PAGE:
Christmas Day Anxiety

Christmas Anxiety

It’s the season to be jolly, yet your anxiety levels are through the roof. Just the very thought of it is making you tense. If only it were over already.

Typically this revolves around spending the day with our families and all the potential for things to turn sour. It can be a time rife with conflict and tension. When I was a teenager and called a friend on Christmas day, the first question – even before what presents you got – would be: “How is it going? Has everyone started fighting yet?” It was a given that tempers would flare at some point.

Mum is feeling overwhelmed and has become snappy; Dad feels like he can never do it right and shuts down; Uncle Barry drinks to much and manages to offend everyone; the sister in law disapproves of how things are done in this family and is not even trying to hide it; the teenager is sulking with every fibre of his or her being; brothers pick on sisters; sisters pick on brothers; and the presents are a minefield all on their own. Feel free to mix and match to suit your particular version of Christmas.

So how do you deal with all that? How do you cope and deal with the anxiety it causes you?

Firstly accept the whole disaster as it is. As much as you would like for things to be different, you cannot change the way others act, and stewing over it solves nothing. Detach yourself from the merry go round and stand on the sidelines.

Don’t take the bait. You know what your triggers are, what gets you going every time. So spend some time preparing mentally, rehearsing different ways of reacting. Deactivate your buttons for the day. Sometimes the best reaction is no reaction at all.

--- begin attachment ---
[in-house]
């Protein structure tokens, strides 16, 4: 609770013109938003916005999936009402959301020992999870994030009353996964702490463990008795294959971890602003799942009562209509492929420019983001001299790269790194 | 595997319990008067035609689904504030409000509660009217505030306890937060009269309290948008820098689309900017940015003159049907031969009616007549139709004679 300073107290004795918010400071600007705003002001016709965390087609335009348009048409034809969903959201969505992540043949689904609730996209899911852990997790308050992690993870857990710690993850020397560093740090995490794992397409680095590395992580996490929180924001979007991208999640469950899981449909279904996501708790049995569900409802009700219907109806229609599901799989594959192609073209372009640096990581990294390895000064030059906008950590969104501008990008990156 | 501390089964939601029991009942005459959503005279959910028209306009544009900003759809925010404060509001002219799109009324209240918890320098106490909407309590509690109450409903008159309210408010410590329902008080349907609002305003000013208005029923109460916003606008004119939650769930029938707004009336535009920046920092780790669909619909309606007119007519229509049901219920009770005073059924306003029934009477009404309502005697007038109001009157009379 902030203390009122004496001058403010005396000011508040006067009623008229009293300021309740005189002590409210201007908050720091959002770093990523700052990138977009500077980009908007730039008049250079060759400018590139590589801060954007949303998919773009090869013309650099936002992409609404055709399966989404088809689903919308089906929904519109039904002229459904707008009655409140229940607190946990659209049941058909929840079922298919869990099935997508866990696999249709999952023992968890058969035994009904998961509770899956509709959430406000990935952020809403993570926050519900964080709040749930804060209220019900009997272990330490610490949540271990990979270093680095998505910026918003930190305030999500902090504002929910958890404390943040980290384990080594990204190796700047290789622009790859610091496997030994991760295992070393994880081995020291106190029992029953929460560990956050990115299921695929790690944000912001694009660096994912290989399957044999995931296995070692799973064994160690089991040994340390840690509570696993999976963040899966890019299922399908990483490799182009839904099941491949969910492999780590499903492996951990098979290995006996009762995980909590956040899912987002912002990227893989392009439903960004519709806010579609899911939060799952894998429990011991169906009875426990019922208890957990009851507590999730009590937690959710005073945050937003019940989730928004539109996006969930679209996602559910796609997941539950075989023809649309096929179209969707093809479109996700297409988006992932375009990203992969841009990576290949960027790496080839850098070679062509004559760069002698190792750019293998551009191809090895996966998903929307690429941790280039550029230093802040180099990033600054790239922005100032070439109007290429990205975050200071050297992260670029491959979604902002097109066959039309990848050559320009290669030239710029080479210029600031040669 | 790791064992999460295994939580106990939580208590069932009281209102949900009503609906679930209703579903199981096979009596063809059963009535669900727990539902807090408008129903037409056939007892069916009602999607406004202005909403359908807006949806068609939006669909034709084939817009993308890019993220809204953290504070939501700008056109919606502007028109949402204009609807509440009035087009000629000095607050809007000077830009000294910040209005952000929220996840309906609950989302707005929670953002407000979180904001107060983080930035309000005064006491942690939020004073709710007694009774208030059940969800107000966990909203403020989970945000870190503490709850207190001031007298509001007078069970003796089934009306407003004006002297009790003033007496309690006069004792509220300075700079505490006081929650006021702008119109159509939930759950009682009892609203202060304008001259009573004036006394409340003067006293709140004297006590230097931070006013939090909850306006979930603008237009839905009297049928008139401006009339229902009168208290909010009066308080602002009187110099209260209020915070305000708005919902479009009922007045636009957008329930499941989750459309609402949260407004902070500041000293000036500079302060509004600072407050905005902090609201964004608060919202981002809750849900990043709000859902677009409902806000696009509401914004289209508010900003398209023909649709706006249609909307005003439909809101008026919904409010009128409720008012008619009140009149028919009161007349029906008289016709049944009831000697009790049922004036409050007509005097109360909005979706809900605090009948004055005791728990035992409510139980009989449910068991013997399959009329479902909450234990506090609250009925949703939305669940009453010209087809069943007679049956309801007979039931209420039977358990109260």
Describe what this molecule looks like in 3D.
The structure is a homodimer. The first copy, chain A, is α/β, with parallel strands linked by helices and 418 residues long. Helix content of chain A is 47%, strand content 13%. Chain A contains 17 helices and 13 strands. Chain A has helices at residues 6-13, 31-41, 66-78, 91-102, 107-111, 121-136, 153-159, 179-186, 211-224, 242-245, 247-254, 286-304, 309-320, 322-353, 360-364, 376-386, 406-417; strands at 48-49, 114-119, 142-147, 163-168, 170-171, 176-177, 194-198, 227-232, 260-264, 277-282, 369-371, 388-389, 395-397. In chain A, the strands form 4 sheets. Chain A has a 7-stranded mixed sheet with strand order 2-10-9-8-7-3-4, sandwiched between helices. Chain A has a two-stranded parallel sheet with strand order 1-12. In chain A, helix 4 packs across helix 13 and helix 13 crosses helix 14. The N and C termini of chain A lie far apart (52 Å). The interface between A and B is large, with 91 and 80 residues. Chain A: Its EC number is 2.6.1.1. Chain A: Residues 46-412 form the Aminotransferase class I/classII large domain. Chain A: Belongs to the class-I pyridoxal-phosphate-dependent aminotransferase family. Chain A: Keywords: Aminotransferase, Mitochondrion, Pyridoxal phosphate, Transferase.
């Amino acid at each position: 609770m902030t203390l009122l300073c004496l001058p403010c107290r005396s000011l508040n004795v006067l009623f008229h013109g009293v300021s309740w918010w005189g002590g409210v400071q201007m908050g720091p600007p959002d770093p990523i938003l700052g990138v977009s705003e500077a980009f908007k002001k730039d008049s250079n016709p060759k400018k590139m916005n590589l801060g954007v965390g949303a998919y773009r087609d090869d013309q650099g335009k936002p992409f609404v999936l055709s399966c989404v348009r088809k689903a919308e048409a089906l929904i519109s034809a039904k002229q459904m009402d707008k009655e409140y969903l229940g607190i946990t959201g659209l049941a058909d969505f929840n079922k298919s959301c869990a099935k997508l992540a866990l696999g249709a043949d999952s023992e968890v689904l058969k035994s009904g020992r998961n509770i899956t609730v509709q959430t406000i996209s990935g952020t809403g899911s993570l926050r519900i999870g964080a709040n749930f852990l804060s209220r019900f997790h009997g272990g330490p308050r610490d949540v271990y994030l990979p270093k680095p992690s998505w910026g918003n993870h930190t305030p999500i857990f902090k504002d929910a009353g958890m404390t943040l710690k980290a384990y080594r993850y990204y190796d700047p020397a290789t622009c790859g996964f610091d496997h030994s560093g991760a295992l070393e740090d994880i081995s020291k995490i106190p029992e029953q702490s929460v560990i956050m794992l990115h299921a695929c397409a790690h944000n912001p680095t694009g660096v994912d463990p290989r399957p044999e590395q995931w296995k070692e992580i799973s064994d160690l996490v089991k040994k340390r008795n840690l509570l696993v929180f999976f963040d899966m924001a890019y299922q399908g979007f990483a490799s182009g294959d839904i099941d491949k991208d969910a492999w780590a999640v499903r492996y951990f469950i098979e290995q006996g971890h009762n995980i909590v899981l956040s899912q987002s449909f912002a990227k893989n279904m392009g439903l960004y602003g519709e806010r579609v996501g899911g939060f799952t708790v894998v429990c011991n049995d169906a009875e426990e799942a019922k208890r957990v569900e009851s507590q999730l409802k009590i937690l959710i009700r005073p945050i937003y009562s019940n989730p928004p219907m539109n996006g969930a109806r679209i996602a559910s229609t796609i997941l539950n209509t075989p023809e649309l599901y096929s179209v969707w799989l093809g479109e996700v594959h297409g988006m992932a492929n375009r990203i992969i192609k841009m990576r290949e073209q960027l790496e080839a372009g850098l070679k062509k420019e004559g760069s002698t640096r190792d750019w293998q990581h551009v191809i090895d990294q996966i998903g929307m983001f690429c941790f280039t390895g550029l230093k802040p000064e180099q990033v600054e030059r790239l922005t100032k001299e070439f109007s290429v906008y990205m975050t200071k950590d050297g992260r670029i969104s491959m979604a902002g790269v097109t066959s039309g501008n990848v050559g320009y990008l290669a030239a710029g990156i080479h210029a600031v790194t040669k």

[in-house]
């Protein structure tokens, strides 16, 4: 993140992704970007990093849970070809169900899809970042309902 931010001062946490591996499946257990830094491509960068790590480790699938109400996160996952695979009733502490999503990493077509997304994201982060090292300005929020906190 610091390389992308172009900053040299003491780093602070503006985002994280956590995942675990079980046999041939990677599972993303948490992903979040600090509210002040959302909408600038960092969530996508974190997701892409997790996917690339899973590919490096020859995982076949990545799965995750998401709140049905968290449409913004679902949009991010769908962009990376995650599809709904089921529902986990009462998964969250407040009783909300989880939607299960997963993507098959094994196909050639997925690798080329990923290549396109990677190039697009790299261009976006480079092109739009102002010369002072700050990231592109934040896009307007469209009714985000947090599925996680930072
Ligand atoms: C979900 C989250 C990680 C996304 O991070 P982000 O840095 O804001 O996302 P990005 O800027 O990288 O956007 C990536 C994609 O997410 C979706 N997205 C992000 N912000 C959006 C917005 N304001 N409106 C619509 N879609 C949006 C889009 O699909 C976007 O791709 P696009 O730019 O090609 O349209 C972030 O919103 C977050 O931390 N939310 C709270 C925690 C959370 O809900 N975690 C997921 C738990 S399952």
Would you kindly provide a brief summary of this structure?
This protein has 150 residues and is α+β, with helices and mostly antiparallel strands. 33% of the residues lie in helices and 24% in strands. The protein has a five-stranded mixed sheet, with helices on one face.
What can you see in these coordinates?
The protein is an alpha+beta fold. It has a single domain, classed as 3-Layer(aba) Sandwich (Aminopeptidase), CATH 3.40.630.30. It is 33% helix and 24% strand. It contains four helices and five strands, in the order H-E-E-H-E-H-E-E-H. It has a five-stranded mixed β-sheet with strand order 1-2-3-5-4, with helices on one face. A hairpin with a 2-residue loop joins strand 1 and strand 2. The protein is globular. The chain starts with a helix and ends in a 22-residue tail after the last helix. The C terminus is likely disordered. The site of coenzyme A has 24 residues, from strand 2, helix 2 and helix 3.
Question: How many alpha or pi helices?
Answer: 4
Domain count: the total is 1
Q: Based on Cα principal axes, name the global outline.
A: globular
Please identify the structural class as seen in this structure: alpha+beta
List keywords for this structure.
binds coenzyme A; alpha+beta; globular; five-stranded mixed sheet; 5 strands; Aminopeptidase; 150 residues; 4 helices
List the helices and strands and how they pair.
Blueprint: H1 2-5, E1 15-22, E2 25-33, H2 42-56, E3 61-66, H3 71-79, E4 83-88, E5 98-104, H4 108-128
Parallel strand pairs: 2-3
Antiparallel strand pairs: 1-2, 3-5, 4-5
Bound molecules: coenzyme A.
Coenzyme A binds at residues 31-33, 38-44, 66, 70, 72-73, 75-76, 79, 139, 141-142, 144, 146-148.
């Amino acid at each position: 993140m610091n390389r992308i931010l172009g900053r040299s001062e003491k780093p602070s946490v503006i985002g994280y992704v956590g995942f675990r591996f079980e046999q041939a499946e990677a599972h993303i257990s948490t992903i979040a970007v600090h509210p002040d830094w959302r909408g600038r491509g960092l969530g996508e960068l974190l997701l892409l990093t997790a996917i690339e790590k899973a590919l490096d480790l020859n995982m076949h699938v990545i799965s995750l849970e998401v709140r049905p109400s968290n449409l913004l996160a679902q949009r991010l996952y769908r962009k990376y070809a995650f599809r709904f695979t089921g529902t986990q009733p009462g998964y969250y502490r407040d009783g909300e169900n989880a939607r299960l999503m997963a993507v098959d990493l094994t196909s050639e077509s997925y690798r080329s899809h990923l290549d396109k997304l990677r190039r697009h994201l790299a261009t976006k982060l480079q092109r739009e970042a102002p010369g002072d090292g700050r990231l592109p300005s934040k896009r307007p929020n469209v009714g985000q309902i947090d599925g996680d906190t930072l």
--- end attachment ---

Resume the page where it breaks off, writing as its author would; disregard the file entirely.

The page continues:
If someone has strong views on how the day should proceed and insists on controlling everyone and everything, (we all have one of those) – let them do it. Let them have it. What does it matter? Let them be responsible for the lot and enjoy simply being an extra to their production.

Limit your alcohol intake and exposure. Drinking is going to make it much harder to not get engaged and keeping a cool head. Limit the amount of time you hang around to the bare minimum – the less you are present the easier it will be to remain calm and unaffected. Fake illness, organize an urgent phone call – a friend in distress maybe – whatever you can sell best. “I would love to stay, but …” – fibbing to your family is a small price to pay for your sanity.

So sometimes Christmas is a game you have to play strategically. Plan ahead, cover contingencies and keep the goal in mind – being stress and anxiety free over the holidays.

Wishing you all a peaceful Christmas of sitting back and relaxing. Enjoy.

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